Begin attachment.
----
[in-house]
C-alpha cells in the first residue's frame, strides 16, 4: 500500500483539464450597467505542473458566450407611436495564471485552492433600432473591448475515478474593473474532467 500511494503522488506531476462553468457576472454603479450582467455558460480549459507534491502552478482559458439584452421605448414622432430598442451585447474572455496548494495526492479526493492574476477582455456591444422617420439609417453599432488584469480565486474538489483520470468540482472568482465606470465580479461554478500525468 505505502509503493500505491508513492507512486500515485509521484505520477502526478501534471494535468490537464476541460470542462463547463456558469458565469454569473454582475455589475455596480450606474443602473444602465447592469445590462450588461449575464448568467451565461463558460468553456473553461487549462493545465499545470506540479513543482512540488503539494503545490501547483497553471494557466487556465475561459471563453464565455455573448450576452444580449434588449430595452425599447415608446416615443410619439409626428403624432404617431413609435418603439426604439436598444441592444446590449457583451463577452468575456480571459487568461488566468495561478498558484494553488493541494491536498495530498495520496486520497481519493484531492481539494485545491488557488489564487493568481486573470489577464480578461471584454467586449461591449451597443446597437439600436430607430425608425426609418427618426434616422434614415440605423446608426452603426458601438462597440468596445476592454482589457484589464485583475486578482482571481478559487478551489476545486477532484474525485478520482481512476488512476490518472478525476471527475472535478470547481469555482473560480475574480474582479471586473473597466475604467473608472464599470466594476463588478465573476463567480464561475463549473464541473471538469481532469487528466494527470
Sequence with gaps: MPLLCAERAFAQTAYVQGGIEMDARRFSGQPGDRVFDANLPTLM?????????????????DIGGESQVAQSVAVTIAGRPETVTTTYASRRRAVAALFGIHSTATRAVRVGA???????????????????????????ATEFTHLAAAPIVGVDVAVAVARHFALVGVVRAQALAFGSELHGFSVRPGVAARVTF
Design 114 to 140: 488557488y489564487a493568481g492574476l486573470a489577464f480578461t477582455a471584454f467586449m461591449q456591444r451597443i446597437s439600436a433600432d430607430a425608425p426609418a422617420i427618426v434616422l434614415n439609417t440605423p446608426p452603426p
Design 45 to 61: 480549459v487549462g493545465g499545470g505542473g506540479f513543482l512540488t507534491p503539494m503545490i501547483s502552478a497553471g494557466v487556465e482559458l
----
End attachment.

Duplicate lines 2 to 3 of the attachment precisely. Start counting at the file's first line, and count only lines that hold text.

C-alpha cells in the first residue's frame, strides 16, 4: 500500500483539464450597467505542473458566450407611436495564471485552492433600432473591448475515478474593473474532467 500511494503522488506531476462553468457576472454603479450582467455558460480549459507534491502552478482559458439584452421605448414622432430598442451585447474572455496548494495526492479526493492574476477582455456591444422617420439609417453599432488584469480565486474538489483520470468540482472568482465606470465580479461554478500525468 505505502509503493500505491508513492507512486500515485509521484505520477502526478501534471494535468490537464476541460470542462463547463456558469458565469454569473454582475455589475455596480450606474443602473444602465447592469445590462450588461449575464448568467451565461463558460468553456473553461487549462493545465499545470506540479513543482512540488503539494503545490501547483497553471494557466487556465475561459471563453464565455455573448450576452444580449434588449430595452425599447415608446416615443410619439409626428403624432404617431413609435418603439426604439436598444441592444446590449457583451463577452468575456480571459487568461488566468495561478498558484494553488493541494491536498495530498495520496486520497481519493484531492481539494485545491488557488489564487493568481486573470489577464480578461471584454467586449461591449451597443446597437439600436430607430425608425426609418427618426434616422434614415440605423446608426452603426458601438462597440468596445476592454482589457484589464485583475486578482482571481478559487478551489476545486477532484474525485478520482481512476488512476490518472478525476471527475472535478470547481469555482473560480475574480474582479471586473473597466475604467473608472464599470466594476463588478465573476463567480464561475463549473464541473471538469481532469487528466494527470
Sequence with gaps: MPLLCAERAFAQTAYVQGGIEMDARRFSGQPGDRVFDANLPTLM?????????????????DIGGESQVAQSVAVTIAGRPETVTTTYASRRRAVAALFGIHSTATRAVRVGA???????????????????????????ATEFTHLAAAPIVGVDVAVAVARHFALVGVVRAQALAFGSELHGFSVRPGVAARVTF